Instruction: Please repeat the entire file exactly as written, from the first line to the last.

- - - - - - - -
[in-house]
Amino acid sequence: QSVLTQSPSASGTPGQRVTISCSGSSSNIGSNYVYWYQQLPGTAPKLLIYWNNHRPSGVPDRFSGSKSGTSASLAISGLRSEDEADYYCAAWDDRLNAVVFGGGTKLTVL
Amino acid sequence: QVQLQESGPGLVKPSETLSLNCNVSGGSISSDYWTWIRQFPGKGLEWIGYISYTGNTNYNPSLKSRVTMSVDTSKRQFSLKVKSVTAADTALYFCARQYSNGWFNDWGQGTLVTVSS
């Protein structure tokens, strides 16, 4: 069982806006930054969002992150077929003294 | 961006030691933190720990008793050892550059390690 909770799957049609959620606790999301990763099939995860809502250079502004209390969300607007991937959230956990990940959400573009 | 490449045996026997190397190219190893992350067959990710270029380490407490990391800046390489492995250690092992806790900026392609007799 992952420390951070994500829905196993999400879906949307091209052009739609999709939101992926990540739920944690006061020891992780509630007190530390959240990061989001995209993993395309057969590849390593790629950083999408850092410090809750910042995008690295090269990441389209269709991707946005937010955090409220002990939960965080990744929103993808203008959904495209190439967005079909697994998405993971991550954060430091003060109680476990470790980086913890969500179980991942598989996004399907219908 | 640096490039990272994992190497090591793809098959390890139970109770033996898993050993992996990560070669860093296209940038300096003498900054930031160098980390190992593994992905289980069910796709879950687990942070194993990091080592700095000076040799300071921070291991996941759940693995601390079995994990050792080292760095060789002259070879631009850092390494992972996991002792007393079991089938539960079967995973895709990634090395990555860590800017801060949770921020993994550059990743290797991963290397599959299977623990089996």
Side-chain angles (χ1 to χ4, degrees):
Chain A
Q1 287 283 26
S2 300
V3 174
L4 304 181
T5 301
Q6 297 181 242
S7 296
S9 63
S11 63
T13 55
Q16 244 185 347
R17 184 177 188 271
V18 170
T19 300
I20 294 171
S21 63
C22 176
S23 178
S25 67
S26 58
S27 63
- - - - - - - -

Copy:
[in-house]
Amino acid sequence: QSVLTQSPSASGTPGQRVTISCSGSSSNIGSNYVYWYQQLPGTAPKLLIYWNNHRPSGVPDRFSGSKSGTSASLAISGLRSEDEADYYCAAWDDRLNAVVFGGGTKLTVL
Amino acid sequence: QVQLQESGPGLVKPSETLSLNCNVSGGSISSDYWTWIRQFPGKGLEWIGYISYTGNTNYNPSLKSRVTMSVDTSKRQFSLKVKSVTAADTALYFCARQYSNGWFNDWGQGTLVTVSS
């Protein structure tokens, strides 16, 4: 069982806006930054969002992150077929003294 | 961006030691933190720990008793050892550059390690 909770799957049609959620606790999301990763099939995860809502250079502004209390969300607007991937959230956990990940959400573009 | 490449045996026997190397190219190893992350067959990710270029380490407490990391800046390489492995250690092992806790900026392609007799 992952420390951070994500829905196993999400879906949307091209052009739609999709939101992926990540739920944690006061020891992780509630007190530390959240990061989001995209993993395309057969590849390593790629950083999408850092410090809750910042995008690295090269990441389209269709991707946005937010955090409220002990939960965080990744929103993808203008959904495209190439967005079909697994998405993971991550954060430091003060109680476990470790980086913890969500179980991942598989996004399907219908 | 640096490039990272994992190497090591793809098959390890139970109770033996898993050993992996990560070669860093296209940038300096003498900054930031160098980390190992593994992905289980069910796709879950687990942070194993990091080592700095000076040799300071921070291991996941759940693995601390079995994990050792080292760095060789002259070879631009850092390494992972996991002792007393079991089938539960079967995973895709990634090395990555860590800017801060949770921020993994550059990743290797991963290397599959299977623990089996």
Side-chain angles (χ1 to χ4, degrees):
Chain A
Q1 287 283 26
S2 300
V3 174
L4 304 181
T5 301
Q6 297 181 242
S7 296
S9 63
S11 63
T13 55
Q16 244 185 347
R17 184 177 188 271
V18 170
T19 300
I20 294 171
S21 63
C22 176
S23 178
S25 67
S26 58
S27 63